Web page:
John is the executive editor of MoneyWeek and writes our daily investment email, Money Morning. John graduated from Strathclyde University with a degree in psychology in 1996 and has always been fascinated by the gap between the way the market works in theory and the way it works in practice, and by how our deep-rooted instincts work against our best interests as investors.
He started out in journalism by writing articles about the specific business challenges facing family firms. In 2003, he took a job on the finance desk of Teletext, where he spent two years covering the markets and breaking financial news. John joined MoneyWeek in 2005.
His work has been published in Families in Business, Shares magazine, Spear's Magazine, The Sunday Times, and The Spectator among others. He has also appeared as an expert commentator on BBC Radio 4's Today programme, BBC Radio Scotland, Newsnight, Daily Politics and Bloomberg. His first book, on contrarian investing, The Sceptical Investor, was released in March 2019. You can follow John on Twitter at @john_stepek.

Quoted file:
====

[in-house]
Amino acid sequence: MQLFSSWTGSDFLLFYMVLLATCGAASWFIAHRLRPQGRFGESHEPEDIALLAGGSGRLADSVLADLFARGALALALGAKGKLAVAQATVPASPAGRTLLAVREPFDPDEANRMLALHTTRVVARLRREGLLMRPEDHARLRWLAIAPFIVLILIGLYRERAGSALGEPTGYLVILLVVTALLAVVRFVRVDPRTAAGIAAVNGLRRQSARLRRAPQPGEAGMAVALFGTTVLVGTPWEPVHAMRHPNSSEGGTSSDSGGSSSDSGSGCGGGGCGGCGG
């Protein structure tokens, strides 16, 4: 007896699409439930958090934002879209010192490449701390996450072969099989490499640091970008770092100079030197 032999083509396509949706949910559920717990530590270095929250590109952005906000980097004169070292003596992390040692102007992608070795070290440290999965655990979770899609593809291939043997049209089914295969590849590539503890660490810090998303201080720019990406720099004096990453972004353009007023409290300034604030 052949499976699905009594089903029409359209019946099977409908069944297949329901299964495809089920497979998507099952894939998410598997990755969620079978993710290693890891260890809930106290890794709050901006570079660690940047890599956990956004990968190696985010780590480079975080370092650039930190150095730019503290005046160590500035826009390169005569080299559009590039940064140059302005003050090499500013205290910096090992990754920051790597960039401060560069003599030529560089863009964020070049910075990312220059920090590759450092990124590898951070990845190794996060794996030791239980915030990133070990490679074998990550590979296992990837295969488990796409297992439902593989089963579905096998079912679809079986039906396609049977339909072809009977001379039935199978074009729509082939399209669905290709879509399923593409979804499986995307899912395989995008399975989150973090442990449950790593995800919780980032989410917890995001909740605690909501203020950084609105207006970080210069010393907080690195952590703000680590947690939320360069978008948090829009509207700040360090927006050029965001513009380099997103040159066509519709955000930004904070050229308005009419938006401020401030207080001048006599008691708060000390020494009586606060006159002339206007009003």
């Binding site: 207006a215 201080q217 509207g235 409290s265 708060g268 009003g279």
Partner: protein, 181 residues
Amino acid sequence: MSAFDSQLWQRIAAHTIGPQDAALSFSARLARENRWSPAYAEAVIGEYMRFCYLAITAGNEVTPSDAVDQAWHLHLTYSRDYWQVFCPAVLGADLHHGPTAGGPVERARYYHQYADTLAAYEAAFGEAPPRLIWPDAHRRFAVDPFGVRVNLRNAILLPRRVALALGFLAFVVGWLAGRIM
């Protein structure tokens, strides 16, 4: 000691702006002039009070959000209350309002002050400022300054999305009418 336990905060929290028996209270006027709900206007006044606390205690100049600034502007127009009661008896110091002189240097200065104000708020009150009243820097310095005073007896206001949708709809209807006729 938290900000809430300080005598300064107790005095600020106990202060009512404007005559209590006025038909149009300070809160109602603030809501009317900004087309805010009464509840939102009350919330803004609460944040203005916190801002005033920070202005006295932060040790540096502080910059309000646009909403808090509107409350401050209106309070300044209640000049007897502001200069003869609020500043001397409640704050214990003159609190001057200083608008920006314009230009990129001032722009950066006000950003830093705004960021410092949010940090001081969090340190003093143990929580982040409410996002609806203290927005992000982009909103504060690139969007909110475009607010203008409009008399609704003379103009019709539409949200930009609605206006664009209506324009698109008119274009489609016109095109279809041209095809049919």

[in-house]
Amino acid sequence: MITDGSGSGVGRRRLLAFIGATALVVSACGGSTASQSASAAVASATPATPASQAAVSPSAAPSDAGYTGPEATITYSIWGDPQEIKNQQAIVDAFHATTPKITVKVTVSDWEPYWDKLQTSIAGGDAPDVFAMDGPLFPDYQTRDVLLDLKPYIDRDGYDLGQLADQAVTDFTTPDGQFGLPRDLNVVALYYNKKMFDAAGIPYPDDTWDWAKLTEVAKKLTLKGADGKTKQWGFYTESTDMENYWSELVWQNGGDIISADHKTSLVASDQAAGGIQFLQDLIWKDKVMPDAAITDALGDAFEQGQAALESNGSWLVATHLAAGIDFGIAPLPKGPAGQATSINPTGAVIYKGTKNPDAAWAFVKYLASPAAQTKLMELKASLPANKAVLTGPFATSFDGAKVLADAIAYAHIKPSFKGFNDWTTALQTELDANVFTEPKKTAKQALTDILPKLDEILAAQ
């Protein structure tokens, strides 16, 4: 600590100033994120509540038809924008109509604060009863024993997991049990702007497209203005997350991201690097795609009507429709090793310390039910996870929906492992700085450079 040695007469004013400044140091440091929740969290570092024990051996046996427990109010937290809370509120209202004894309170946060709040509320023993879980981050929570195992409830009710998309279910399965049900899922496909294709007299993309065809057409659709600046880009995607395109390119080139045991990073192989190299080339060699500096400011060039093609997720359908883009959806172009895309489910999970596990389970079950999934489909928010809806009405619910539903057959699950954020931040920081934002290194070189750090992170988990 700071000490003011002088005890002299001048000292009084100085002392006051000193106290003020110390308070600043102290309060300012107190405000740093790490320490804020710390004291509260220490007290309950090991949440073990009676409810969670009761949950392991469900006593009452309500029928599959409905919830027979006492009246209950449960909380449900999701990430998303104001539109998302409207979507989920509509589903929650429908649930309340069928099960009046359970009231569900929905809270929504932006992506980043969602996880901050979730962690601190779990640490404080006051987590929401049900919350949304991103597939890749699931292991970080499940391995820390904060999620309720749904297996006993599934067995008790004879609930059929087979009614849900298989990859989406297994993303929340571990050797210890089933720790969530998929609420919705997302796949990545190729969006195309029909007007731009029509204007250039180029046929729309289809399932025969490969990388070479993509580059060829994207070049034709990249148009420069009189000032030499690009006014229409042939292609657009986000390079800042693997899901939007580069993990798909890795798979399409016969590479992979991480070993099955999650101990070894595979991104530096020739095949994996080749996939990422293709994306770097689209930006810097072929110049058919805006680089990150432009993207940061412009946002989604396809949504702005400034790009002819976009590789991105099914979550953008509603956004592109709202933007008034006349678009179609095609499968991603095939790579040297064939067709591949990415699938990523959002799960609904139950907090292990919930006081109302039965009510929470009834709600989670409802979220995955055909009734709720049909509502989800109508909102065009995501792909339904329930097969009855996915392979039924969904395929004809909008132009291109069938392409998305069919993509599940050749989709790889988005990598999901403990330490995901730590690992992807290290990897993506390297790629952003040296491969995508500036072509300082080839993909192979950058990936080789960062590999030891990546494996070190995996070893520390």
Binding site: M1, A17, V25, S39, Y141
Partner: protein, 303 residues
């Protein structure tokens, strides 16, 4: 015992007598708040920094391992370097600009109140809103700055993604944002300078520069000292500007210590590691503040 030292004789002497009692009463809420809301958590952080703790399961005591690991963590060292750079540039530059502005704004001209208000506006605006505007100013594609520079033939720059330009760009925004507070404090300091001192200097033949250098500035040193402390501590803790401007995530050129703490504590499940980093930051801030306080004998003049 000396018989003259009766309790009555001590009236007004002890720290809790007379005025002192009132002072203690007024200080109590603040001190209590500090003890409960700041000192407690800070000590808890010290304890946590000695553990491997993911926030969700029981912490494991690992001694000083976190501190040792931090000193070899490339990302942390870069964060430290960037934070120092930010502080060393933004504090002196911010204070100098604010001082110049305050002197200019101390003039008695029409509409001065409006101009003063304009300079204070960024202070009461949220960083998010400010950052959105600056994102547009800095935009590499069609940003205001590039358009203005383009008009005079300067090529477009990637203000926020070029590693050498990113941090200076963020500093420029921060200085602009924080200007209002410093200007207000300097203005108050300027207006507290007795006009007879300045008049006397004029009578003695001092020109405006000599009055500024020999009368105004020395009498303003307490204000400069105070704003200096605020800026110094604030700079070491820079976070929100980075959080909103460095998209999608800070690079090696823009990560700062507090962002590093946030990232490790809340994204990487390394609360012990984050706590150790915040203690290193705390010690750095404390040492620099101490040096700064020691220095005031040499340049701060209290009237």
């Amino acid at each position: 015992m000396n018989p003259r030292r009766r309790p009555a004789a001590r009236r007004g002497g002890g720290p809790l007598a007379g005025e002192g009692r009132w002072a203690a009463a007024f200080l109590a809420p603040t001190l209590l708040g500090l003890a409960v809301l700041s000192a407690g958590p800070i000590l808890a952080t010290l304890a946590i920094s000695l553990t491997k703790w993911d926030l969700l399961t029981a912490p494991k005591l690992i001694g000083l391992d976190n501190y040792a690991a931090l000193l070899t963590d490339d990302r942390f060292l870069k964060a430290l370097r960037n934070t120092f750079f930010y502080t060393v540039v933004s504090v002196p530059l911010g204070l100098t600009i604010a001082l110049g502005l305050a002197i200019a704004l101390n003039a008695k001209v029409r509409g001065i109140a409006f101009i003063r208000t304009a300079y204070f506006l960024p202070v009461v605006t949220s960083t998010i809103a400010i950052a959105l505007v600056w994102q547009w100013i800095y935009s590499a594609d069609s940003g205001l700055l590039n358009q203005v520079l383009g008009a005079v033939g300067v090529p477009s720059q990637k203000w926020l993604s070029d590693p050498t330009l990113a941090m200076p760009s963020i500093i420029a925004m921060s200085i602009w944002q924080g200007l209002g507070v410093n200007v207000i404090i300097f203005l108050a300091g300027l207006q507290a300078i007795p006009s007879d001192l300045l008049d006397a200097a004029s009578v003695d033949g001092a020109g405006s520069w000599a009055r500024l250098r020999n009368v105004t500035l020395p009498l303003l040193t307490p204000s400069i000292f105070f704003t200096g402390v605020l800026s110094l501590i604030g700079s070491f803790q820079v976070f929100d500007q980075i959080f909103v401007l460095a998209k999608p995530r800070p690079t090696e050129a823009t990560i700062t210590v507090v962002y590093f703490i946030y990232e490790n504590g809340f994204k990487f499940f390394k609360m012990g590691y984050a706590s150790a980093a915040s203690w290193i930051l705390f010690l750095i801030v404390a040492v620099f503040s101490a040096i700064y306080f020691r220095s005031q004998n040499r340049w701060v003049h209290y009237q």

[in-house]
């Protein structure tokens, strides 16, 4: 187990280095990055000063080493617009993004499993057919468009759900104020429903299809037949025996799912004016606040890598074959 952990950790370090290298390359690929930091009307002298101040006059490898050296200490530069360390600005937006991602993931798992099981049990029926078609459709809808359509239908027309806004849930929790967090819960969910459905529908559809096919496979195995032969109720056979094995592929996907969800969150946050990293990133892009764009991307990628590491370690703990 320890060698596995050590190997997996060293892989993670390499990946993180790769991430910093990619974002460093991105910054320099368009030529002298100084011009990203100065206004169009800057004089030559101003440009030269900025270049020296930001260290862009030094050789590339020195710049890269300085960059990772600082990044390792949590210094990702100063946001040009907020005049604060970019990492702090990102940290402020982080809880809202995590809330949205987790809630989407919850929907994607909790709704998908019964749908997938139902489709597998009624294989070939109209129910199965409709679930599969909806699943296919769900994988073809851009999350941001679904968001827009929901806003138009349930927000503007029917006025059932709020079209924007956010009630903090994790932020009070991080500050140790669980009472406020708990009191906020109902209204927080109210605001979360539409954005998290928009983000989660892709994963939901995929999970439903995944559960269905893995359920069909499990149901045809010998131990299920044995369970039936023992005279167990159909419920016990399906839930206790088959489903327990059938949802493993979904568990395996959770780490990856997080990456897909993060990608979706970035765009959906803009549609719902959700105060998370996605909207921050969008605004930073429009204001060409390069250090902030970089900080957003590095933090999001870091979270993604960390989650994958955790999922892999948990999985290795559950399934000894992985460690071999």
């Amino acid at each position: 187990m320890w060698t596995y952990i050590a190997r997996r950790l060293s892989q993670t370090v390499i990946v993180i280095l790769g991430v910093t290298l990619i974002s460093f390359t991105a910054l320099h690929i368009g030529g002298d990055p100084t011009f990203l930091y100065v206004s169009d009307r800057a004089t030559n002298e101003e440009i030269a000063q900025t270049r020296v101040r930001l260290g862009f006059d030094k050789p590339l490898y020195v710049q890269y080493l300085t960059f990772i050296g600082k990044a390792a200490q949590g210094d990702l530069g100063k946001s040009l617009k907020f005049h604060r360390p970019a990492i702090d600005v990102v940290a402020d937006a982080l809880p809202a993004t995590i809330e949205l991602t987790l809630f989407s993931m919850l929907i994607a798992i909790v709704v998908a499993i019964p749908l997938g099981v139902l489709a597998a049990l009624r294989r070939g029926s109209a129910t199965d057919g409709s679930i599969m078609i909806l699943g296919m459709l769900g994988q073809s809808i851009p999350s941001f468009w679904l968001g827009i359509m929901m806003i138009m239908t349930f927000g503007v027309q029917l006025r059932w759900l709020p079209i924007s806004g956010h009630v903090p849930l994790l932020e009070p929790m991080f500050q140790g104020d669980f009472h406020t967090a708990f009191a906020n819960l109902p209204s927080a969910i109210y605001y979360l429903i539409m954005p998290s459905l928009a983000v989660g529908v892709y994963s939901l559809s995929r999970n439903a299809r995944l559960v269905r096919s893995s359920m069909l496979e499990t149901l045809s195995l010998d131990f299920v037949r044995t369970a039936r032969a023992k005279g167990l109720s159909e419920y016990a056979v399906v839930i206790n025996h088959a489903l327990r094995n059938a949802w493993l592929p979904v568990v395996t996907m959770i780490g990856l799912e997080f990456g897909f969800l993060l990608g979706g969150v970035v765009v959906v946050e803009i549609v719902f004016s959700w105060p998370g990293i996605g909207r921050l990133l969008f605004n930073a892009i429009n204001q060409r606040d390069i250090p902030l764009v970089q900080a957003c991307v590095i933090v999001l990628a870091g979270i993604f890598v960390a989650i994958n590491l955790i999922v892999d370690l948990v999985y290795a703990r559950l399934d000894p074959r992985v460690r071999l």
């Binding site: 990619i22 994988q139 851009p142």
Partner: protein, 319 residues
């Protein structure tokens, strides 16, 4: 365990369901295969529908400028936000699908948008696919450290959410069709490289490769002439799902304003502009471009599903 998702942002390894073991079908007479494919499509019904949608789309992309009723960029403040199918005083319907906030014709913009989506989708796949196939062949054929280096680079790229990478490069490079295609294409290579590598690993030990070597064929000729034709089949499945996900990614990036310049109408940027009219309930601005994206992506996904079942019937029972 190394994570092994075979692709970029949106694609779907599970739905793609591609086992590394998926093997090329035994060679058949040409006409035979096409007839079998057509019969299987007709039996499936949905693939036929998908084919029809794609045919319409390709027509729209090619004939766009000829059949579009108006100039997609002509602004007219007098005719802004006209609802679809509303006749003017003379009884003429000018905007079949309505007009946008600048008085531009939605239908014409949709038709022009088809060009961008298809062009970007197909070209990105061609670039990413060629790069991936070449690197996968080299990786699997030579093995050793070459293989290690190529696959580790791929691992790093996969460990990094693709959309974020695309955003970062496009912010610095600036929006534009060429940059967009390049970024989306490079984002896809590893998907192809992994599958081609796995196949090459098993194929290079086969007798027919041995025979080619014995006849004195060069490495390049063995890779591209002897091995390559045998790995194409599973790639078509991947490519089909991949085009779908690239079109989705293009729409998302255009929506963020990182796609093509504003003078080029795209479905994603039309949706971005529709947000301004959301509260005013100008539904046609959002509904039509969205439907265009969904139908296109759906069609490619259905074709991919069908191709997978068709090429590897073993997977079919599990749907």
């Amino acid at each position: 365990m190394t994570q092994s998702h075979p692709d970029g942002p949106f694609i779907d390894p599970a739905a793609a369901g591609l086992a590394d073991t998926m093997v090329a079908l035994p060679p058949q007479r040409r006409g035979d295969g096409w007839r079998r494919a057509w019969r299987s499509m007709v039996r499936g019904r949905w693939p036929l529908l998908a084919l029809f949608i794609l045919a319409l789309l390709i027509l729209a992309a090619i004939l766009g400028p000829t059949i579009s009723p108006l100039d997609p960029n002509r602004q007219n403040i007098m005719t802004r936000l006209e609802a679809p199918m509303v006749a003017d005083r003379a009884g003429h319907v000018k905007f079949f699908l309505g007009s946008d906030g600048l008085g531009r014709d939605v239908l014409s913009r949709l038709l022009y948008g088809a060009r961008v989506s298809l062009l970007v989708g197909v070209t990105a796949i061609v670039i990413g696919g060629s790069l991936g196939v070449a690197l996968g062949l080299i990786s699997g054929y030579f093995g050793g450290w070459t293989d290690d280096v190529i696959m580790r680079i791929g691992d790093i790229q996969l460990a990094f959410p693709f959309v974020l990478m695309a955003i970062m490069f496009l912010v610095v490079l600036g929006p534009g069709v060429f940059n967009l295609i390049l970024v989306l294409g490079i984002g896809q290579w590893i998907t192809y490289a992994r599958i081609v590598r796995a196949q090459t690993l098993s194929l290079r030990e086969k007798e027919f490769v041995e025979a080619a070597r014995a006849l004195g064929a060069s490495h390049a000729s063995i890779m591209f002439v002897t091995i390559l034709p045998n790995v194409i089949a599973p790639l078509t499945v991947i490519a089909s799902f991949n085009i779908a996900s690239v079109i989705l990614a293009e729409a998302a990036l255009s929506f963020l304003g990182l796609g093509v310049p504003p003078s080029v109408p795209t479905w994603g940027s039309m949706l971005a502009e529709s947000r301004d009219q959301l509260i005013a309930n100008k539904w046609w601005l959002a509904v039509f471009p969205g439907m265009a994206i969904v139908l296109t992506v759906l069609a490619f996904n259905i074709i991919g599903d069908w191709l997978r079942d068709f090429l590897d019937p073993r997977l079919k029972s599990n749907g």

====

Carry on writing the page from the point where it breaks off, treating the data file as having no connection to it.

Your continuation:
Nvidia becomes the fourth biggest company in the world - should you invest?
Chipmaker Nvidia is riding the AI wave, and has overtaken Alphabet and Amazon in terms of market capitalisation. Have new investors missed the boat, or will the share price soar higher?
By Ruth Emery Published
Savings market heats up as providers boost rates - should you switch now for a better return?
In a surprising twist, more and more banks are now hiking their savings rates. Is it a good time to move your money and grab a better rate?